Workers lift double doors during installation Aug. 14 at the coronavirus testing center at Colby College in Waterville. As of Friday, the college and its testing partner had administered more than 16,000 COVID-19 tests. Rich Abrahamson/Morning Sentinel file phoot Buy this Photo

As colleges in central Maine welcome students back to campus, strict testing protocols have been implemented to prevent an outbreak of the coronavirus.

So far, officials at Colby College, Thomas College and the University of Maine at Farmington feel that they have a good handle on testing and mitigating the spread of COVID-19.

COLBY COLLEGE

Over the last two and a half weeks, Colby College in Waterville has administered more than 16,000 COVID-19 tests to students and faculty with the help of its testing partner, the Broad Institute.

The testing process takes just under 3 minutes, with the college receiving the results in 24 hours or less, according to George Sopko, director of media relations for Colby.

Of the total tests administered, eight have come back positive. As of Thursday, six of the positive cases have recovered with two still in isolation.

“We feel that the low number of positive COVID-19 cases identified and reported since testing began two and a half weeks ago at Colby is a good sign,” Sopko said Thursday in a prepared statement. “And we hope that will continue and even be reduced. Imperative to this will be for our community to continue to be diligent with prevention and mitigation efforts.” 

The college, which enrolls around 2,000 students, created a $10 million health plan in order to bring students back to campus for in-person instruction.

Part of the plan is to test students three times per week and staff two times per week.

Colby has also launched a webpage that includes the total number of negative tests, inconclusive tests and positive cases, as well as the number of people in isolation.

According to Colby’s testing data, there are 18 students currently in quarantine. Sopko said this is because contact tracing showed that they came into contact with individuals who tested positive.

THOMAS COLLEGE

Thomas College of Waterville has reported no positive cases of COVID-19 since it began testing students on Aug. 19.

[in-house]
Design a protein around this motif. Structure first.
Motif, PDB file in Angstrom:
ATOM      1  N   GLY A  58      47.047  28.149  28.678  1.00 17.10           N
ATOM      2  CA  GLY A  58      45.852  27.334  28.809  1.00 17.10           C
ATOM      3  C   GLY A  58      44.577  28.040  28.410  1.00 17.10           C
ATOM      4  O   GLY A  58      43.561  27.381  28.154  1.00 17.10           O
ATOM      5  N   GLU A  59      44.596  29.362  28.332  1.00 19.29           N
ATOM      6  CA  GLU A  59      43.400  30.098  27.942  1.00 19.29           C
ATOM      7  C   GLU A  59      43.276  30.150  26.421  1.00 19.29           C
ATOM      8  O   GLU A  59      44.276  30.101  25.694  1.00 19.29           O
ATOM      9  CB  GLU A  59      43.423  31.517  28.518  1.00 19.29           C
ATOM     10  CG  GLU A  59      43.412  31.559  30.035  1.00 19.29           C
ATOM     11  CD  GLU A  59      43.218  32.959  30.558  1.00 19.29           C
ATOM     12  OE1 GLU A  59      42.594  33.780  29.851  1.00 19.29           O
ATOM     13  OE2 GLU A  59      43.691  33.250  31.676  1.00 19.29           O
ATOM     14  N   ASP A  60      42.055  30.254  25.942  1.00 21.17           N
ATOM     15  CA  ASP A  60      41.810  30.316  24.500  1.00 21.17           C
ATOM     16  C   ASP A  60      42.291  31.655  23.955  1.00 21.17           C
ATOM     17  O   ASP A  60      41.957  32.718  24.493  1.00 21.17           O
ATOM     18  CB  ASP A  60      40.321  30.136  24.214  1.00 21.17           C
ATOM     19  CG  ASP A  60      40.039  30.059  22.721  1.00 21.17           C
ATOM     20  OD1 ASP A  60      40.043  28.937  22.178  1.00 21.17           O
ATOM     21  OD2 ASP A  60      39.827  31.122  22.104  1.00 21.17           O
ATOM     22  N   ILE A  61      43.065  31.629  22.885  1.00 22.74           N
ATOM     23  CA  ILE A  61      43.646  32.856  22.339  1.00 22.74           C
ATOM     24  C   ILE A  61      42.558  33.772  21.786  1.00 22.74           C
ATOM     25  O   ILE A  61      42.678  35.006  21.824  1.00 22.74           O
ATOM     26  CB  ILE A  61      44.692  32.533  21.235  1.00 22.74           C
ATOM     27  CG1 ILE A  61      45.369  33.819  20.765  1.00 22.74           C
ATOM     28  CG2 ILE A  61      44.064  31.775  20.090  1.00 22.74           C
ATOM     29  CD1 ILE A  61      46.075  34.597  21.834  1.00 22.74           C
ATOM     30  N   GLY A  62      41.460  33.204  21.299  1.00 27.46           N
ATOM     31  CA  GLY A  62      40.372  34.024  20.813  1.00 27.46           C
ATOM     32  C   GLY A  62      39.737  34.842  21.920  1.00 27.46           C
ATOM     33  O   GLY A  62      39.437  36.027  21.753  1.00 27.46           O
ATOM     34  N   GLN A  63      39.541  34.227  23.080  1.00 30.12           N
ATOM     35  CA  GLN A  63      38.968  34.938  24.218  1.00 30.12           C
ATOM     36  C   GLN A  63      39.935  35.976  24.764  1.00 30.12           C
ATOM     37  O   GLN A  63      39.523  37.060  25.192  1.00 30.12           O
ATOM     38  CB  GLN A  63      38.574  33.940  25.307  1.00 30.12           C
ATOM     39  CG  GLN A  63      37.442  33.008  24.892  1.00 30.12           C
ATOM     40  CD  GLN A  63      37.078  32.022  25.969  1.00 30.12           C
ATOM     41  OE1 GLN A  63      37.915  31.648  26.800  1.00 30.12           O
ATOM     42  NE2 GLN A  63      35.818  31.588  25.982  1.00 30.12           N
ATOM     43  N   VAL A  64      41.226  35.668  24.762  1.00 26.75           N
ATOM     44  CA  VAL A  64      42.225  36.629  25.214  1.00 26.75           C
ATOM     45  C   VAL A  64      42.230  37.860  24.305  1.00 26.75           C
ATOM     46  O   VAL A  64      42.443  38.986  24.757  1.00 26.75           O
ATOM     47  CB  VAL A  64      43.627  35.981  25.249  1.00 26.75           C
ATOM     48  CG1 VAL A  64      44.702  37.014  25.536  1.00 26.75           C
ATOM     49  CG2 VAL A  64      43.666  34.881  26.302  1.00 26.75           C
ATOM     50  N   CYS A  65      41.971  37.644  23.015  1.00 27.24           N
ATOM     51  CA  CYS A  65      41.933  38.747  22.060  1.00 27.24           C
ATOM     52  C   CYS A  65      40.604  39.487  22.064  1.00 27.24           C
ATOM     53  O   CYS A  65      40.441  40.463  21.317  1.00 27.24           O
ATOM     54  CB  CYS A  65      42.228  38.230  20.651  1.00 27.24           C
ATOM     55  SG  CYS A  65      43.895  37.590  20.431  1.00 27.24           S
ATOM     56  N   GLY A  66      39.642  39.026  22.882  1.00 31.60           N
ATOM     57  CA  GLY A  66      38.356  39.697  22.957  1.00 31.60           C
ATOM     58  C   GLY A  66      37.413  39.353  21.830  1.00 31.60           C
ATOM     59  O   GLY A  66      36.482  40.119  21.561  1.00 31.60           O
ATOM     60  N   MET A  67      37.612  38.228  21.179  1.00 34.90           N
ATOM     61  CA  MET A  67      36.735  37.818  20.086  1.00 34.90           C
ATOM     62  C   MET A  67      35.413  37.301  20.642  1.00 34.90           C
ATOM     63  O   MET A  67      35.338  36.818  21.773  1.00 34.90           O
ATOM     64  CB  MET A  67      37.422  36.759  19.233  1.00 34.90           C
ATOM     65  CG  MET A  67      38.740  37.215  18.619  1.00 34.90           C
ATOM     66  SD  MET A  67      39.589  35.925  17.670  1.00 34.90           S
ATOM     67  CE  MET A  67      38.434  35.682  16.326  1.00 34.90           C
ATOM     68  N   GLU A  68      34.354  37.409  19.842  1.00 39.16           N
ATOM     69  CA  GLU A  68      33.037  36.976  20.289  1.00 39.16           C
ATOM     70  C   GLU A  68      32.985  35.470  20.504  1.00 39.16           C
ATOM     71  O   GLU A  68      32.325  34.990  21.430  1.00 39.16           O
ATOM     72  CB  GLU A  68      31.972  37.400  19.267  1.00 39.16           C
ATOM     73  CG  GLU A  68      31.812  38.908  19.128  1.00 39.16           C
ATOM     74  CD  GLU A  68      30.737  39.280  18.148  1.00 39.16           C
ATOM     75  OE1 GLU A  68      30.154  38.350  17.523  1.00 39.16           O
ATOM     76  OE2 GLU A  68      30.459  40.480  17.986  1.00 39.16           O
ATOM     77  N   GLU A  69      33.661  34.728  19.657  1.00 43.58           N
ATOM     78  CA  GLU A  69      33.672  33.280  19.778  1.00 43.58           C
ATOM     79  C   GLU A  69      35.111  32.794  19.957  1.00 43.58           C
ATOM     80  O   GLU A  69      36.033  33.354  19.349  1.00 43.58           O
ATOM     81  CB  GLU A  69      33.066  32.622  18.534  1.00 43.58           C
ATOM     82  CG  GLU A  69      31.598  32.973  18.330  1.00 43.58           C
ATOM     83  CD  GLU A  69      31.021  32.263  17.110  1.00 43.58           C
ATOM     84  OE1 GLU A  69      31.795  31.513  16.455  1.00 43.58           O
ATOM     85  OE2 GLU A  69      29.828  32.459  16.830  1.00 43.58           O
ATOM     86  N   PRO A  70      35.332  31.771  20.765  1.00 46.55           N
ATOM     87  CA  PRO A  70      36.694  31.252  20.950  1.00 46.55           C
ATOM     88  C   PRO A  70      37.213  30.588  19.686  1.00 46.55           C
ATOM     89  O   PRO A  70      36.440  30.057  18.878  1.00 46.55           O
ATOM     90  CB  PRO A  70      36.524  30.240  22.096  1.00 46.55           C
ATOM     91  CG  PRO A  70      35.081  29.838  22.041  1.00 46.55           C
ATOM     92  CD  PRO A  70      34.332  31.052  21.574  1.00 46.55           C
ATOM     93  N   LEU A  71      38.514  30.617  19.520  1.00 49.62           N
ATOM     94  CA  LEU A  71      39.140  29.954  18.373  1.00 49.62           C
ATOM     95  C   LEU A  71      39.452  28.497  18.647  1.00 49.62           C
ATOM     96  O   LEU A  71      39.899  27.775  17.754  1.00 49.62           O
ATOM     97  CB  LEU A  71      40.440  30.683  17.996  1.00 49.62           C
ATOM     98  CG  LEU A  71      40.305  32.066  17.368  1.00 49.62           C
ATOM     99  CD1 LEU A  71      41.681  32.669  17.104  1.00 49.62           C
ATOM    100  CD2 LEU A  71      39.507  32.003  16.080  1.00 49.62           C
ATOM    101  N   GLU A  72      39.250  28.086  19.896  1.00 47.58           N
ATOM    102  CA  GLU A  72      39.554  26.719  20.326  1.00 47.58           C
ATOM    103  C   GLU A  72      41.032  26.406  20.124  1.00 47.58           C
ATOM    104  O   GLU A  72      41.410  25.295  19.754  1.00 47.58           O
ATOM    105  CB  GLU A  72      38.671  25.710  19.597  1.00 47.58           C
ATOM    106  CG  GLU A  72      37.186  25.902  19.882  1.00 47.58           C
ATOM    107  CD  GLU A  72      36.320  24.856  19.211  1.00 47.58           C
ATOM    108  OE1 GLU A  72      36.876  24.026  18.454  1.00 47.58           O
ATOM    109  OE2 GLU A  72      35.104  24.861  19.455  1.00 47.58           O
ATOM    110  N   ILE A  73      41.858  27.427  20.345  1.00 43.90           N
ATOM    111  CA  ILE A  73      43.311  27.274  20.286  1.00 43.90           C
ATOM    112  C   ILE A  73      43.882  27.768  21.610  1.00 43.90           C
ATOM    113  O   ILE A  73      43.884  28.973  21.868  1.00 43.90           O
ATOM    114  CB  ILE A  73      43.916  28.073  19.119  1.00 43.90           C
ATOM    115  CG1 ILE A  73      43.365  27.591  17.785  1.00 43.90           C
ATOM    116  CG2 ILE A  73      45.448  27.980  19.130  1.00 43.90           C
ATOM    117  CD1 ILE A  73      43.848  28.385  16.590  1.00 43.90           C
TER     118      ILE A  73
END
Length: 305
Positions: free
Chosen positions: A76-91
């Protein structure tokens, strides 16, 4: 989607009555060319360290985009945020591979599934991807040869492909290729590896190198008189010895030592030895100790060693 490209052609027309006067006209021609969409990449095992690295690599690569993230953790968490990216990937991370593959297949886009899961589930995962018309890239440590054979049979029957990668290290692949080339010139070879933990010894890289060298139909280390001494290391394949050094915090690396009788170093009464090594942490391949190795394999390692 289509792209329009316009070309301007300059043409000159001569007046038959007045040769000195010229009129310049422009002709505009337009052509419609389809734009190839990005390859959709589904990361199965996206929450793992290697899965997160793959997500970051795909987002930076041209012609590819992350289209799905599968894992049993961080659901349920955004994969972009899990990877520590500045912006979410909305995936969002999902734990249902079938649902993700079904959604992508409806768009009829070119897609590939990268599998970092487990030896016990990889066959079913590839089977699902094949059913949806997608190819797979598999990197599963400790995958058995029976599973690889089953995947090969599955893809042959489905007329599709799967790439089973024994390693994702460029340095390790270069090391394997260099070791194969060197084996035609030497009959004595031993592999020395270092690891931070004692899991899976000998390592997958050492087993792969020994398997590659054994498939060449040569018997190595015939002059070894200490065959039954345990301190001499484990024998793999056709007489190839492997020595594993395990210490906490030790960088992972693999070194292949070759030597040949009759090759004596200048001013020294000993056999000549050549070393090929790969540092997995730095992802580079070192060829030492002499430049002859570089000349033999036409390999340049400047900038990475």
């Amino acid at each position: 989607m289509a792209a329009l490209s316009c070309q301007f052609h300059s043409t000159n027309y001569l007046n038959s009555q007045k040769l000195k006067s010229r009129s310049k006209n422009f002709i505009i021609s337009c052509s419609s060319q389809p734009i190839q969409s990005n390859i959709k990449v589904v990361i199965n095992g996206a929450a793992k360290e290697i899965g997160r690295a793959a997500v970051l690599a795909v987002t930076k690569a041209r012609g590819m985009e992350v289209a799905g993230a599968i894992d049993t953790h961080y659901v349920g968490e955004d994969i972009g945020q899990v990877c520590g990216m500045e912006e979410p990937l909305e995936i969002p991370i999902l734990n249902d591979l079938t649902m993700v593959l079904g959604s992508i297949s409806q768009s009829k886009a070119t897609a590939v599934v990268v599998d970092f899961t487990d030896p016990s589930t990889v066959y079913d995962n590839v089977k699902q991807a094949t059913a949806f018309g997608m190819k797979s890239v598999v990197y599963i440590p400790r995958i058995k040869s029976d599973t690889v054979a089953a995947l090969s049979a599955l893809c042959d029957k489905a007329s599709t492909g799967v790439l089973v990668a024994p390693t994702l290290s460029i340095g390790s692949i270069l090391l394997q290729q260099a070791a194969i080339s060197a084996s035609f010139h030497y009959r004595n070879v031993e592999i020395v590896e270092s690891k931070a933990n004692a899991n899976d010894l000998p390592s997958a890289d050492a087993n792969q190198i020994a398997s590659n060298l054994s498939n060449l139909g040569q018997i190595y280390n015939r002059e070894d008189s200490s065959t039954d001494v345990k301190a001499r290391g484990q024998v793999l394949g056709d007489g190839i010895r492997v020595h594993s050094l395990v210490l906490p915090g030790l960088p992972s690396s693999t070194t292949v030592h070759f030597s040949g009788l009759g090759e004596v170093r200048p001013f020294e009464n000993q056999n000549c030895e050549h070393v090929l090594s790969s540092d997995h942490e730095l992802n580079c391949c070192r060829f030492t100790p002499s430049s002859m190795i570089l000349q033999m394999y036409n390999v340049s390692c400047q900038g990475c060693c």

So far, 749 tests have been administered and the school plans to test 50% of the campus each week as students and staff return, according to Lisa Desautels-Poliquin, vice president of student affairs for Thomas College.

Desautels-Poliquin said she’s pleased with the test results so far, but noted that testing isn’t the only thing the college is doing to prevent an outbreak.

Testing is one part of our overall plan to bring everyone back to campus,” Desautels-Poliquin said in an email. “Wearing masks, social distancing, practicing good hand hygiene, and reduced occupancy across campus are also extremely important to keeping our community together this fall.”

Desautels-Poliquin said that the college has hired new staff members to help with the prevention efforts.

“We’ve hired two new full-time and two per-diem staff members who have done an outstanding job, in a relatively short time, getting our testing schedule and process up and running,” Desautels-Poliquin said. “We have a new testing coordinator who will assist with overseeing the program and doing the necessary follow up.” 

New students are set to move into campus accommodations on Saturday. The college will welcome them to campus with a new student orientation that will begin with screening and testing and be followed by socially distanced events such as bingo, a comedy show and a barbecue.

This fall, 81% of classes will be offered in person or in hybrid formats in socially distanced classrooms, according to Mackenzie Riley Young, assistant director of media relations for Thomas College.

UNIVERSITY OF MAINE

Throughout the eight campuses that make up the University of Maine system, officials have reported eight positive cases of COVID-19 out of more than 8,200 tests.

In Farmington, an adjunct faculty member tested positive earlier this week and is currently isolating in the Farmington area, according to Dan Demeritt, executive director of public relations for the University of Maine system.

Demeritt said the results coming out of the system are lower than expected.

“At less than one-tenth-of-one-percent, the University System’s positivity rate is significantly below state and national averages,” Demeritt said in an email. “We are starting the semester with a lower-than-expected case count and that is great news.”

The system has implemented its testing in three phases which began on Aug. 11.

Phase one tested all students in the residence halls, including Maine residents and all out-of-state students on or off campus.

In Farmington, no students tested positive out of the 818 tests that were administered.

Phase two began on Friday and will involve retesting all of the students who were tested in the first phase, but through a saliva-based test, which is easier to administer.

In the third phase, beginning in mid-September, officials will sample about 2,000 people across the University of Maine System every 10 days or less.

For students in Farmington, the fall semester will comprise a mix of in-person instruction and hybrid learning. On Nov. 25, courses will shift to remote learning for the remainder of the fall semester.

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